Seventeen teens and young adults who officials say belonged to three street gangs that formed an alliance in Brooklyn were charged Tuesday with starting a wave of violence that left four dead and 10 injured in shootings .
The gangs, made up of young people from the neighborhoods of Brownsville, East New York and Fort Greene, have joined forces in an “umbrella” gang known as the YPF to expand their territory and increase their access to guns, Eric Gonzalez, the Brooklyn District Attorney, mentioned.
The young men and women, aged 17 to 23, face charges of second degree murder, assault and possession of a criminal weapon. A spokesperson for Mr Gonzalez said 14 of them were in custody on Tuesday and would be brought to justice later today. It was not clear whether any of those charged had lawyers on Tuesday night.
“I will tell you that we know law enforcement alone cannot end gang and gun violence,” Gonzalez said at a press conference on Tuesday. “But today’s indictments are a big step in securing justice for victims and improving public safety.”
Mayor Eric Adams, who also appeared at the press conference, said the type of withdrawal that led to the arrests should be replicated across New York City.
“We are not going to live in a culture of violence and we will not be defined by the crisis of violence,” he said. “This is not who we are as a city. We deserve better, and today the public prosecutor has shown us that we will improve.
Mr Gonzalez said authorities were trying to crack down on “senseless gang and gun violence.” He announced last week that homicides and shootings in the borough were down in 2021 from the previous year and he cited gang cut-outs as one of the reasons for the drop.
Law enforcement experts and civil rights activists have long disputed the anti-gang tactics used by law enforcement agencies in New York City. These critics say police often rely on unreliable information to carry out such actions, classifying too many young men of color as gang members.
Mr Gonzalez has previously said that gang killings done to appear crime harsh are meaningless and destructive, and ignore the main reason people join gangs: to protect themselves.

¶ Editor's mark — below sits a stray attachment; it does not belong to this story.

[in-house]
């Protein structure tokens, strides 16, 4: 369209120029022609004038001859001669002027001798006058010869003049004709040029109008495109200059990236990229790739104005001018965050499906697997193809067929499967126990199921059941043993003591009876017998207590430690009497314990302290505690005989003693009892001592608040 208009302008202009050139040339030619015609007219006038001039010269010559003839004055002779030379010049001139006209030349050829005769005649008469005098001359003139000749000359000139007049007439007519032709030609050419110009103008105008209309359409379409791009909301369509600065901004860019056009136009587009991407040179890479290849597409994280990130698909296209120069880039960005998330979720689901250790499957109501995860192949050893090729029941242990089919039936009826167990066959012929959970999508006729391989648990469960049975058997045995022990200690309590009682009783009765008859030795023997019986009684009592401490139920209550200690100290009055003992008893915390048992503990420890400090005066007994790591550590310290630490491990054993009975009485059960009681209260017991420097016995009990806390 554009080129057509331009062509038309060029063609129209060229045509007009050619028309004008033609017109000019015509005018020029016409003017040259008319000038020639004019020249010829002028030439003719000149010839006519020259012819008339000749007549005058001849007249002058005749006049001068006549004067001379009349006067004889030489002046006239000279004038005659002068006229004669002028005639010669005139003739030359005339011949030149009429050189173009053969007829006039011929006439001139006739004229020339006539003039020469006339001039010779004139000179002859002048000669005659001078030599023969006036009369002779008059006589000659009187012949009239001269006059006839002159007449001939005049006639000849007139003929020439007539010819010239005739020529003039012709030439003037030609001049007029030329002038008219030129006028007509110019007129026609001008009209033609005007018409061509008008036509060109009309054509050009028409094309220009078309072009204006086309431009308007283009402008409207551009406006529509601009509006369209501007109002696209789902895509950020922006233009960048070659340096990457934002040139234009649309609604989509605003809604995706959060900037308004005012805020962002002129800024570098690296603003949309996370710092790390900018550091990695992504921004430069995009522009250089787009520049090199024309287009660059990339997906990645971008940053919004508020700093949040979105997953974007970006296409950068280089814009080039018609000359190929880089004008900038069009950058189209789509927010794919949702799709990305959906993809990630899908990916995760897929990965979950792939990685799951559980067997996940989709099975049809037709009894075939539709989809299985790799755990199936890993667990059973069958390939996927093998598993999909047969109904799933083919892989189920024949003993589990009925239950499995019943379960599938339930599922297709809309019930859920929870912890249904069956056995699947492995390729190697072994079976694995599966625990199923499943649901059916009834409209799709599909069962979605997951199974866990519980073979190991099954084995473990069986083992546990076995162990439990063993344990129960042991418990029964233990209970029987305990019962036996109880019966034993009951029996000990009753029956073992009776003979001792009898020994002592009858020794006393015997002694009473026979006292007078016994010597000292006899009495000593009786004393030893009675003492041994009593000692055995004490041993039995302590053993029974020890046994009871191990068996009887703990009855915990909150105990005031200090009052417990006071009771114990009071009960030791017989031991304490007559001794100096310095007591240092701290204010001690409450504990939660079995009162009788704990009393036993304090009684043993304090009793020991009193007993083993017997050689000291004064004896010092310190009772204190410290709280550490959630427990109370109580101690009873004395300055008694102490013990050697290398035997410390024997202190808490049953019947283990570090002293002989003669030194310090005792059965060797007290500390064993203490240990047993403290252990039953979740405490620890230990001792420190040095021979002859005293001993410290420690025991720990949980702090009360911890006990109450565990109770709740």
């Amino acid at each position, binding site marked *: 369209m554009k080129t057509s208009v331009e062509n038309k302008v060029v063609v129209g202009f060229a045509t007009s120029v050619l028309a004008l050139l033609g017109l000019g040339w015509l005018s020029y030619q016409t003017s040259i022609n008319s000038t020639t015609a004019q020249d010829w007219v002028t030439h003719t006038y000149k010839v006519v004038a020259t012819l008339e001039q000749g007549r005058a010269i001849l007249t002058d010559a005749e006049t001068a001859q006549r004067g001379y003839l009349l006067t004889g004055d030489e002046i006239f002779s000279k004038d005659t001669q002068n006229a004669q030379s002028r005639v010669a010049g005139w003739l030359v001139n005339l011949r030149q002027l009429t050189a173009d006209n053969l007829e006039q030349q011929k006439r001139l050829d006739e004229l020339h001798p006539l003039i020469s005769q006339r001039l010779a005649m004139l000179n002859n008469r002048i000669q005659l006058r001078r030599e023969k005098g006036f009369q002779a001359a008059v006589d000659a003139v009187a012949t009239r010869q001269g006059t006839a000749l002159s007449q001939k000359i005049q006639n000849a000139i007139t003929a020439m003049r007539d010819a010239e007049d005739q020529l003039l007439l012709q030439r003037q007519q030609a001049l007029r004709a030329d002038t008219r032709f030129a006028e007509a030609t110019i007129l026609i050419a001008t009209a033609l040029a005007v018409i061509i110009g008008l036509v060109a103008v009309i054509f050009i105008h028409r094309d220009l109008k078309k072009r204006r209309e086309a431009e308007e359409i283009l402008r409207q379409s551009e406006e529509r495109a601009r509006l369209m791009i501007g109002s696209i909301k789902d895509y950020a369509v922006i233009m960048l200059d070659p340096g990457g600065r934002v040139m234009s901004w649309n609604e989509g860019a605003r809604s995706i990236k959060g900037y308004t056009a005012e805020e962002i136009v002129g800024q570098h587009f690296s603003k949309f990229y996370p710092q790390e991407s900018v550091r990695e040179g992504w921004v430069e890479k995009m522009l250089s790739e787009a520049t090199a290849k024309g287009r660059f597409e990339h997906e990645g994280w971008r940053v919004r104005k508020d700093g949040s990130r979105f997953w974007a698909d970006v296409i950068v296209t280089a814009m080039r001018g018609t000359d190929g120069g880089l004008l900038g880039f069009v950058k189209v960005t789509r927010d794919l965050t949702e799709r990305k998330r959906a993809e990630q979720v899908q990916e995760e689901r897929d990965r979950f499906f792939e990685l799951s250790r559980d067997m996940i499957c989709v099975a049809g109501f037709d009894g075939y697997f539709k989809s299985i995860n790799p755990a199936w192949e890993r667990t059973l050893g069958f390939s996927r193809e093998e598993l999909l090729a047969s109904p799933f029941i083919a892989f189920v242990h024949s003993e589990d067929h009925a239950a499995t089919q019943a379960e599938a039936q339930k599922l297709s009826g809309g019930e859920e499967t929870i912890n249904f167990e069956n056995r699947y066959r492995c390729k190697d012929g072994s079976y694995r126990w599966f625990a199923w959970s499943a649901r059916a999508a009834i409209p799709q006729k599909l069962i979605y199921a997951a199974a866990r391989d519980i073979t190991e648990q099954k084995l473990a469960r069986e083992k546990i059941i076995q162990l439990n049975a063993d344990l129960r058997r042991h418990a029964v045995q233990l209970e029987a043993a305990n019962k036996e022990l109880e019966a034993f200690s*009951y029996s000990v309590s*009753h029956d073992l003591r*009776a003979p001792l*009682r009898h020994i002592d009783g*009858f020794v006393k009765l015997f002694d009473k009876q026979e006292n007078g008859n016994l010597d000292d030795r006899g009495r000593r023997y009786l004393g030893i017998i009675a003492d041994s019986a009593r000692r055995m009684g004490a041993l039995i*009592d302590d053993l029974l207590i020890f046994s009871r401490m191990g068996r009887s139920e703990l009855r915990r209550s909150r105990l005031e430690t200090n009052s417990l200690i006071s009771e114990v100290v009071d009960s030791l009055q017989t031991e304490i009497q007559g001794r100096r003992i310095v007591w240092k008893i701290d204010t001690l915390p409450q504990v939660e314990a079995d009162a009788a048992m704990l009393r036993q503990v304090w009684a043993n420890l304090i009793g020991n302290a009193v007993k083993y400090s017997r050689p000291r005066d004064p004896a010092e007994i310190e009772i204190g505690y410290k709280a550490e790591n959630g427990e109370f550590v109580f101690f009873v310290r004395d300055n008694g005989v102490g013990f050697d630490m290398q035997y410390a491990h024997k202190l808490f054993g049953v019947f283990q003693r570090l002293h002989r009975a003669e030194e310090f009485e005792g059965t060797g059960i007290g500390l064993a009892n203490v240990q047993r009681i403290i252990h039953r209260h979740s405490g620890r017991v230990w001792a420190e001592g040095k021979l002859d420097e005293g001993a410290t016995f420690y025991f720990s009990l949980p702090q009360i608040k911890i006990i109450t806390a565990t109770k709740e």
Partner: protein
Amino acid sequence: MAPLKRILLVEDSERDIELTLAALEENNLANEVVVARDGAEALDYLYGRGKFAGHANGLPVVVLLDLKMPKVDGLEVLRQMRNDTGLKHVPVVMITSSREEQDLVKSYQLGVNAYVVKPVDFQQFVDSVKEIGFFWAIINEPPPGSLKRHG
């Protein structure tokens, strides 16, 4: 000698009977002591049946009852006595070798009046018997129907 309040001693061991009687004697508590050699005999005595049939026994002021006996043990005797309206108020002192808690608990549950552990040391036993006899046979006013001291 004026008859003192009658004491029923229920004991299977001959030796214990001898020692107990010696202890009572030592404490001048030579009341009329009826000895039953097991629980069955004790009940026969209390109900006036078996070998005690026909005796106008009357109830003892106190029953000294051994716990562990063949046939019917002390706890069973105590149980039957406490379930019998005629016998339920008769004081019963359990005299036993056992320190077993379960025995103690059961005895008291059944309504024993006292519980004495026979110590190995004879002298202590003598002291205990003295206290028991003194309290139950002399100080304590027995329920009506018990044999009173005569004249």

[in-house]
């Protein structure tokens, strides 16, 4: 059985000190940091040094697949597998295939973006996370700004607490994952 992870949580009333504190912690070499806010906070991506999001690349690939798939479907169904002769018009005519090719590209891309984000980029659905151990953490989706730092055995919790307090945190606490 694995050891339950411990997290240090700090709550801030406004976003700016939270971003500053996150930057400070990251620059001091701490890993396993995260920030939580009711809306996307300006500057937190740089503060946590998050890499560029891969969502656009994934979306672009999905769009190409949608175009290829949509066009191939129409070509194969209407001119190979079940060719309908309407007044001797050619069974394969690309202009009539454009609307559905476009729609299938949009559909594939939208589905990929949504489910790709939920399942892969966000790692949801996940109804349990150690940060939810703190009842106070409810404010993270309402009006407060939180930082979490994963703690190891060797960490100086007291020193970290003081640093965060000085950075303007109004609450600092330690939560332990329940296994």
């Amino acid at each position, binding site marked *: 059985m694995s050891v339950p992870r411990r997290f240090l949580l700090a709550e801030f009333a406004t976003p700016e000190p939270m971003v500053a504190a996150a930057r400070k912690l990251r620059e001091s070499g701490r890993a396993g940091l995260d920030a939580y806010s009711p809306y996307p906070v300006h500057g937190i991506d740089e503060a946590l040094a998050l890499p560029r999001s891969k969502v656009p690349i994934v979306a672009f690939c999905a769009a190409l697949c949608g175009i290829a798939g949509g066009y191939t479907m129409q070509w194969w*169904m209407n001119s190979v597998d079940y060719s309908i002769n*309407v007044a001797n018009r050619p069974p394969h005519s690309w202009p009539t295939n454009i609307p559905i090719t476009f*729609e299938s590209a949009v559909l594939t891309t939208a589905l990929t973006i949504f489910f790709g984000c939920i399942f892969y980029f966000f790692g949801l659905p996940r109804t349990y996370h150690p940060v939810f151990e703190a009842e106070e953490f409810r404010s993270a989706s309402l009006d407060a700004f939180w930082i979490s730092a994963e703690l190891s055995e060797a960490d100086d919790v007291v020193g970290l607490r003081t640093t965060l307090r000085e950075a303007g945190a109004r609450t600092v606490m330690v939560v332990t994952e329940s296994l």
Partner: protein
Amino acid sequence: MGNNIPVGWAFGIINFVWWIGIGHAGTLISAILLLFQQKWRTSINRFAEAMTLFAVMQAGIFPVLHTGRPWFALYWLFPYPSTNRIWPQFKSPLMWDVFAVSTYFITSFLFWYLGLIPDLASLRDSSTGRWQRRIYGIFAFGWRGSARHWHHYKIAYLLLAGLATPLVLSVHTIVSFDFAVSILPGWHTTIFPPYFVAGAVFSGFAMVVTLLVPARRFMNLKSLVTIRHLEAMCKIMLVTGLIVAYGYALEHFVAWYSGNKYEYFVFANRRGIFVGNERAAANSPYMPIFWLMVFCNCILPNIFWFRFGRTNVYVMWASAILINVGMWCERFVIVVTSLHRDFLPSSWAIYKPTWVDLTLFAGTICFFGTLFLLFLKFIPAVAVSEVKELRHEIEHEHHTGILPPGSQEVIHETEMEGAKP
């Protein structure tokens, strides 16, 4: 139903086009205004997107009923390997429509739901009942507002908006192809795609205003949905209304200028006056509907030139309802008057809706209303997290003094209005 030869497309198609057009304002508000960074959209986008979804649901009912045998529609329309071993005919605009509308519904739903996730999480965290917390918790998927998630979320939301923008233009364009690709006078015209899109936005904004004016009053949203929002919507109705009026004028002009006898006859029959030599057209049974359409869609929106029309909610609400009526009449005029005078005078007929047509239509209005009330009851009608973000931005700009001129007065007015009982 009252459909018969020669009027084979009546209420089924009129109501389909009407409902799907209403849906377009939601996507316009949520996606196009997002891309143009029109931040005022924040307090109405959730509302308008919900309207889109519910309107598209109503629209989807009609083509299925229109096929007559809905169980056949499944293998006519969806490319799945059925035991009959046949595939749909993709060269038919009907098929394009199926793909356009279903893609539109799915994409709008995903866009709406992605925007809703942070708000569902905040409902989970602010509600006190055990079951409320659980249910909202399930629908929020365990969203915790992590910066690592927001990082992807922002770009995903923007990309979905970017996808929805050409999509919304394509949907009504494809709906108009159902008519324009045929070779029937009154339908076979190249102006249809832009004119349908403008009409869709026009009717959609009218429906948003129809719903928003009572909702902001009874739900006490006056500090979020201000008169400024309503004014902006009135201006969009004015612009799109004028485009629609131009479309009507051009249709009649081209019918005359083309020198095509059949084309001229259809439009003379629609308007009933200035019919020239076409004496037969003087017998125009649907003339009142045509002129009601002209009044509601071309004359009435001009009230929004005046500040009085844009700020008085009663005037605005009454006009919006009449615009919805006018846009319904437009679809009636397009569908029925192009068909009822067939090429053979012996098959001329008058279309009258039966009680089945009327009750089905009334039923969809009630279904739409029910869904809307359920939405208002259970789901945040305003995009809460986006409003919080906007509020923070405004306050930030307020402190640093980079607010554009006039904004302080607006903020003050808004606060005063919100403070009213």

But he also said the tactic can come in handy when authorities focus on people who engage in violence.
“These investigations are complicated, they are difficult, but they are effective and they are necessary,” he said on Tuesday.
Mr Gonzalez said a “troubling aspect” of the case announced on Tuesday was the age of those charged. When the investigation began in March 2019, some were only 14 years old.
“It is heartbreaking that some of our younger residents in our county are involved in this gang and gun violence,” he said.
Investigators said the gang members decided to form a larger alliance under the YPF banner to increase their numbers and geographic dominance, and to expand the territory where they can travel safely.
“As part of this alliance, they have all agreed to embrace the rivalries and enemies of other gangs,” Mr. Gonzalez said. “So this alliance not only brought these three gangs together and created a bigger gang, but it also increased the violence. “
He said the alliance was behind more than a dozen shootings, including one at the MetroTech Center in downtown Brooklyn in September that resulted in a gunshot in the arm of a college student. from New York.
During the press conference, officials showed surveillance footage of an October 2020 episode that they said showed two alliance members firing shots inside a bodega in the east of New York.
Sherard McKoy, an 18-year-old freshman who authorities said had no gang connections, was killed in the shooting. Mr Gonzalez said that although Mr McKoy was not the intended target, he was with an alleged rival of the two gunmen.
“He was an 18-year-old student, a freshman,” Mr. Gonzalez said. “A young man who loved to play basketball and had the ambition to become a teacher in New York.”
Daigyonna Long, 20, of Virginia, has been another victim of the alliance’s coordinated attacks on their rivals, officials said. Ms Long died after being shot at a birthday party in Brooklyn that authorities said alliance members showed up uninvited.
Surveillance video released during the press conference captured what officials said were two members of the alliance and two other people opening fire in the lobby of the building where the party took place.
“She never returned home to Virginia,” Mr. Gonzalez said of Ms. Long.
Five of those charged face life sentences if found guilty of the most serious charges, Gonzalez said; others face up to 25 years in prison.
Ashley Southall contributed reports.